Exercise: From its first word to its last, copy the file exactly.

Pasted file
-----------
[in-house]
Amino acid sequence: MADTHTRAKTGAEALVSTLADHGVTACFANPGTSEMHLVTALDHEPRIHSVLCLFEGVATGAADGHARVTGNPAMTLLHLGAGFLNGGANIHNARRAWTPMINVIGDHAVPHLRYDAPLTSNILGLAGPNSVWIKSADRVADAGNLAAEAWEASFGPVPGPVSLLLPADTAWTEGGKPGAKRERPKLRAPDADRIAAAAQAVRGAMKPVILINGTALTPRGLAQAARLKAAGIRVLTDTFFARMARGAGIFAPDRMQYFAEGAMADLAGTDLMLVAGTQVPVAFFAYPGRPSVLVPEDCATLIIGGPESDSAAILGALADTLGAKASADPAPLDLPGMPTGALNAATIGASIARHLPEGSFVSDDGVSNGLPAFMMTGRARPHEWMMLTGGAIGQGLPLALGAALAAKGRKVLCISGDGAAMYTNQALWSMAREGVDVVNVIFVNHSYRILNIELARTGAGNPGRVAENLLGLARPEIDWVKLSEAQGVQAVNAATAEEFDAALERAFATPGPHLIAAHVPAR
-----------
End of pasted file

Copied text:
[in-house]
Amino acid sequence: MADTHTRAKTGAEALVSTLADHGVTACFANPGTSEMHLVTALDHEPRIHSVLCLFEGVATGAADGHARVTGNPAMTLLHLGAGFLNGGANIHNARRAWTPMINVIGDHAVPHLRYDAPLTSNILGLAGPNSVWIKSADRVADAGNLAAEAWEASFGPVPGPVSLLLPADTAWTEGGKPGAKRERPKLRAPDADRIAAAAQAVRGAMKPVILINGTALTPRGLAQAARLKAAGIRVLTDTFFARMARGAGIFAPDRMQYFAEGAMADLAGTDLMLVAGTQVPVAFFAYPGRPSVLVPEDCATLIIGGPESDSAAILGALADTLGAKASADPAPLDLPGMPTGALNAATIGASIARHLPEGSFVSDDGVSNGLPAFMMTGRARPHEWMMLTGGAIGQGLPLALGAALAAKGRKVLCISGDGAAMYTNQALWSMAREGVDVVNVIFVNHSYRILNIELARTGAGNPGRVAENLLGLARPEIDWVKLSEAQGVQAVNAATAEEFDAALERAFATPGPHLIAAHVPAR